- In the face of the Omicron variant’s uncertainty, Manitoba teachers returned to work on Thursday, preparing for a week of remote learning.
- Brian O’Leary expressed his hope that the schools will not be forced to use remote learning for an extended period.
After a week off for winter break, Manitoba teachers returned to work on Thursday, preparing for a week of remote learning in the face of the Omicron variant’s uncertainty.
Teachers are currently contacting students, sending out Chromebooks, putting together lesson plans, and sorting out which students need to come in for in-person learning next week, according to Brian O’Leary, superintendent of the Seven Oaks School Division.
He explained that the week of remote learning, which starts on Jan. 10, gives students and staff more time to get vaccines and boosters and more time for schools to monitor progress before reopening.
“We’ll give the rapid antigen tests to all of our students in Kindergarten through Grade 6 next week,” O’Leary said, noting that vaccine uptake in this age group isn’t as high as it is in older age groups.
“We’ll make sure we have enough masks for staff, as well as medical-grade masks for students.”
O’Leary expressed his hope that the schools will not be forced to use remote learning for an extended period.
He stated, “We do want to have kids in school.”
Dr. Marni Hanna, a community pediatrician and the President of the Manitoba Pediatric Society, agrees with O’Leary’s position on returning to the classroom.
Hanna advocated for in-person learning in a letter to the premier, several ministers, health officials, and the presidents of the Manitoba Teachers’ Society and the Canadian Pediatrics Society.
Hanna emphasized the importance of school for a child’s mental, physical, and developmental health in the letter, noting that school closures have had a negative impact on children.
“Manitoba’s children, in particular, have had a lot of mental health issues,” she explained.
“That’s the big one, with anxiety, depression, eating disorders, excessive screen time and related behavioral issues, obesity, and even suicidal thoughts, which unfortunately some children have followed through on.”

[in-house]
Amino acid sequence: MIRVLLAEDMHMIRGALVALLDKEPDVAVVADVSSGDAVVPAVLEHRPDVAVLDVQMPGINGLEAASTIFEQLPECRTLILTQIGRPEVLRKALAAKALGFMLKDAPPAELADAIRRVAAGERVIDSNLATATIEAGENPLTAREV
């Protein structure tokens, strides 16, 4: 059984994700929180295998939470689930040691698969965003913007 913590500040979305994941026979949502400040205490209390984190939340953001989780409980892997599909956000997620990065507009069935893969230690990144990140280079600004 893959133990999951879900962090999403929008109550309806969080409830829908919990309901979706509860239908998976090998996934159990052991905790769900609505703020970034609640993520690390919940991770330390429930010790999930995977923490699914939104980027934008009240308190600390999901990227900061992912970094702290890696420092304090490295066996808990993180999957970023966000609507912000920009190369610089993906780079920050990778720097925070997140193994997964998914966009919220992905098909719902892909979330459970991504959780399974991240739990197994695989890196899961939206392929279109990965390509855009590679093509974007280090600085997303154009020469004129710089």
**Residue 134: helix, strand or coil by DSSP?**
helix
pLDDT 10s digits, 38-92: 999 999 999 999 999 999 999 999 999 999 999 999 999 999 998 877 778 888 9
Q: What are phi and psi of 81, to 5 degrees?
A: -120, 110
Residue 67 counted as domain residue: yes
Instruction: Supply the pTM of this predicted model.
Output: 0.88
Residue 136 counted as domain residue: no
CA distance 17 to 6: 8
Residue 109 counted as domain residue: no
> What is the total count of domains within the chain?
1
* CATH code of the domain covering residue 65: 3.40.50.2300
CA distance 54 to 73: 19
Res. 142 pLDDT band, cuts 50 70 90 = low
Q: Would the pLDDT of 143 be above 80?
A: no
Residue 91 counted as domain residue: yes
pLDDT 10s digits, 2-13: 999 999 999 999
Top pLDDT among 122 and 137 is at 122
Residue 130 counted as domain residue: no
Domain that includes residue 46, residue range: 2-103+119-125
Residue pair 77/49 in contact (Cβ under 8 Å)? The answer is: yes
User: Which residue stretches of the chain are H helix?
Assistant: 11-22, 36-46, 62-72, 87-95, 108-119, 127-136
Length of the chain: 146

Hanna added that she doubts that closing schools will significantly impact COVID-19 transmission.
“The spread of COVID in schools has mirrored what is going on in the community in the past, but it has not been a driver of COVID spread in the past,” she said.
“This should not turn into weeks or months of remote learning for children this time,” she said, adding that the upcoming week of remote learning is understandable. It’s been a long time, we know what to do, and this should’ve been anticipated in advance so that families could prepare more effectively. It’s extremely taxing.”
Schools, according to Hanna, serve as a social network for children, making them feel safe and providing a sense of normalcy.
“As a pediatrician, I now spend a significant portion of my day dealing with children’s mental health issues. “And since the pandemic began, these have just skyrocketed,” she said.
SECURITY IN SCHOOLS
According to O’Leary, the school division is taking several steps to keep students safe, including spreading them out as much as possible, using Plexiglass dividers, and ensuring the ventilation system is working properly.
“We’re expecting all of our children to return to school.” So masking, staying home if you’re symptomatic, testing for the younger kids, and vaccination will be the main defenses,” he said.
According to O’Leary, the division is concerned about a large number of teachers staying home sick, but it has methods for prioritizing and shifting staff.
“We don’t have control with this new variant.” “We just need to watch and react to a large extent, and I believe we’re prepared to do that,” he said.
Source: CTV News
Get Canada and Manitoba’s top News, Market news, and other worldwide news only on Manitoba Daily.